In 2015, a pilot study was conducted to test PODS across eight non-psychiatric hospitals in Toronto . Patients who received PODS during their discharge from the hospital cited improvements in their knowledge, as over 95% reported that they knew the purpose and use of their medications, of side-effects and what to do if they arose, and of their scheduled follow-up appointments. Further, over 88% reported knowing when to return to their regular routines and who to contact for more information . Of the clinicians who used PODS, approximately 90% thought the form was easy to use and would help patients and 80% reported that it did not add to their workload . The pilot project results suggested that PODS can help mitigate gaps in comprehension for patients being discharged from medical hospitalization, with minimal added work for healthcare clinicians.
The issues related to discharge from psychiatric hospitalizations are similar – the need for information from clinicians to patients prior to discharge to facilitate the successful transition from a hospital setting to the community. Prior research on transition planning interventions among psychiatric patient populations suggests that discharge planning is key to preventing readmission . Existing literature cites collaborative care between inpatient staff, psychoeducation for patients and caregivers, communication between inpatient and outpatient networks, and medication reconciliation as important pieces of effective discharge and transition planning interventions [15,16,17]. Therefore, the PODS tool for medical discharge was modified at the Centre for Addiction and Mental Health (CAMH), a tertiary care psychiatric hospital in Ontario, Canada, to suit the informational needs of individuals transitioning from psychiatric hospital to the community. Modifications included changing the language around patients’ purpose of admission to less diagnosis-centered i.e. from “I am here because I have XXX” to “I am here because I felt XXX”; providing space to add information about patient goals, community help to achieve goals, and supports after discharge.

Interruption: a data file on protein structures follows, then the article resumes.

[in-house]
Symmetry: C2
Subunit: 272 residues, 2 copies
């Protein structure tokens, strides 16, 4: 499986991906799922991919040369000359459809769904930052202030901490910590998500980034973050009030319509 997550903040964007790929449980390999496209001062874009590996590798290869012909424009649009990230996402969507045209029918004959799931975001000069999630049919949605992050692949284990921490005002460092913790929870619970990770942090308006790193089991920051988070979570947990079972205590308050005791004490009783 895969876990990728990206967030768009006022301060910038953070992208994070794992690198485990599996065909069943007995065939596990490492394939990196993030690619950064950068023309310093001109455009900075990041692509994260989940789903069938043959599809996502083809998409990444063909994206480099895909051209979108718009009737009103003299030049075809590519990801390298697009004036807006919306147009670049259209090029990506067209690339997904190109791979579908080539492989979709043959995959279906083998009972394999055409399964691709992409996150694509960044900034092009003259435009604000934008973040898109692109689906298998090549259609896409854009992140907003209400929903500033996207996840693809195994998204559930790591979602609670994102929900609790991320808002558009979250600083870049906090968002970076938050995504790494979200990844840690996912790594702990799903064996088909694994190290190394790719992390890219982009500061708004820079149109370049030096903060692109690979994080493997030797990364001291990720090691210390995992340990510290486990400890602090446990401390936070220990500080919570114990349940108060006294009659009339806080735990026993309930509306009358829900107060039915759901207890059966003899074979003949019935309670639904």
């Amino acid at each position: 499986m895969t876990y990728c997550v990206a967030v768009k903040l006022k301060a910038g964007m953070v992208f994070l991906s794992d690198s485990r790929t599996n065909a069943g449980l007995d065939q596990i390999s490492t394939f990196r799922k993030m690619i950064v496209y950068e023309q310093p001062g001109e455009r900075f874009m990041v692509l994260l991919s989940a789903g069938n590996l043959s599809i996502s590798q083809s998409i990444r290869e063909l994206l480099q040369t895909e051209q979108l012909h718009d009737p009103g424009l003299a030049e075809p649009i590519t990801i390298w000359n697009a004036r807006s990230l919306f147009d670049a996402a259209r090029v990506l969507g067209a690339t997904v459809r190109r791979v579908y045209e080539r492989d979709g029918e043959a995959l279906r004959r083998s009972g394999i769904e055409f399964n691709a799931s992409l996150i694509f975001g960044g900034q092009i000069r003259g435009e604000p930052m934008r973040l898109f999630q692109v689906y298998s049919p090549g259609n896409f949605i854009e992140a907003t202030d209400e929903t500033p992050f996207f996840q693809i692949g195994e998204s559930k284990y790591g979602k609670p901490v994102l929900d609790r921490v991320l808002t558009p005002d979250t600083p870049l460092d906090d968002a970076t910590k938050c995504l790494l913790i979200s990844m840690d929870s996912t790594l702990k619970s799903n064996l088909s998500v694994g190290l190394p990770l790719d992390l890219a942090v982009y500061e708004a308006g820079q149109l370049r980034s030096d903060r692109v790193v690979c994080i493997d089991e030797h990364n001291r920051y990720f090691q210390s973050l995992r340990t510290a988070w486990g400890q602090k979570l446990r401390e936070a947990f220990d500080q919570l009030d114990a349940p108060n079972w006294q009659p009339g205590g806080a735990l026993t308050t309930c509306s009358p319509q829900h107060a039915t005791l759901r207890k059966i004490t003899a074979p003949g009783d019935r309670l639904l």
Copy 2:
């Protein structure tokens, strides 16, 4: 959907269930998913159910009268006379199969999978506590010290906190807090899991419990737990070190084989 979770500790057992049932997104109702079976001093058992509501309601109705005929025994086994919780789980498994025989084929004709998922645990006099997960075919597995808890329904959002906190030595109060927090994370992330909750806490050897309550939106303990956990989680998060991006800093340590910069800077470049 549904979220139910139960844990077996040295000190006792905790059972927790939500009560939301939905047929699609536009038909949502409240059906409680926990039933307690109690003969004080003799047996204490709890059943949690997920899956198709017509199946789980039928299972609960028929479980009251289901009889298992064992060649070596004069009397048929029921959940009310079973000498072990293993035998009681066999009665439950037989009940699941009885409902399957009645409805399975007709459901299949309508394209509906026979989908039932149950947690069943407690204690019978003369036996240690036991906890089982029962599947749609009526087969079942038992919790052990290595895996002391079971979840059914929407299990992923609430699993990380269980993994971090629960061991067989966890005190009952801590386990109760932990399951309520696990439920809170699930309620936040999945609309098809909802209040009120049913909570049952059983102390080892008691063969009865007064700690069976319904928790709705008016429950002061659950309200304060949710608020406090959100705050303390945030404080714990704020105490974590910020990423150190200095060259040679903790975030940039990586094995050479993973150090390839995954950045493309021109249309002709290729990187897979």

The objective of this study was to evaluate patients’ and clinicians’ experience with this newly developed tool for psychiatric discharge. Given that PODS was a hospital initiative to be used by clinicians for patient discharge, we recognize that clinicians have more knowledge than patients about the application of the tool in practice . Despite these drawbacks, we believe that it does not detract from the patient’s ability to describe the potential benefits of PODS during the discharge planning process and recognize that patients provide a unique view on the shortcomings of services that clinicians do not necessarily see. Patients can still be beneficiaries of the standardization of the discharge process that occurs as a result of the completion of PODS. Since PODS is still considered a work in progress, information from patients and clinicians can help to widen understandings about how these groups experience discharge using PODS, and inform further improvements to the tool.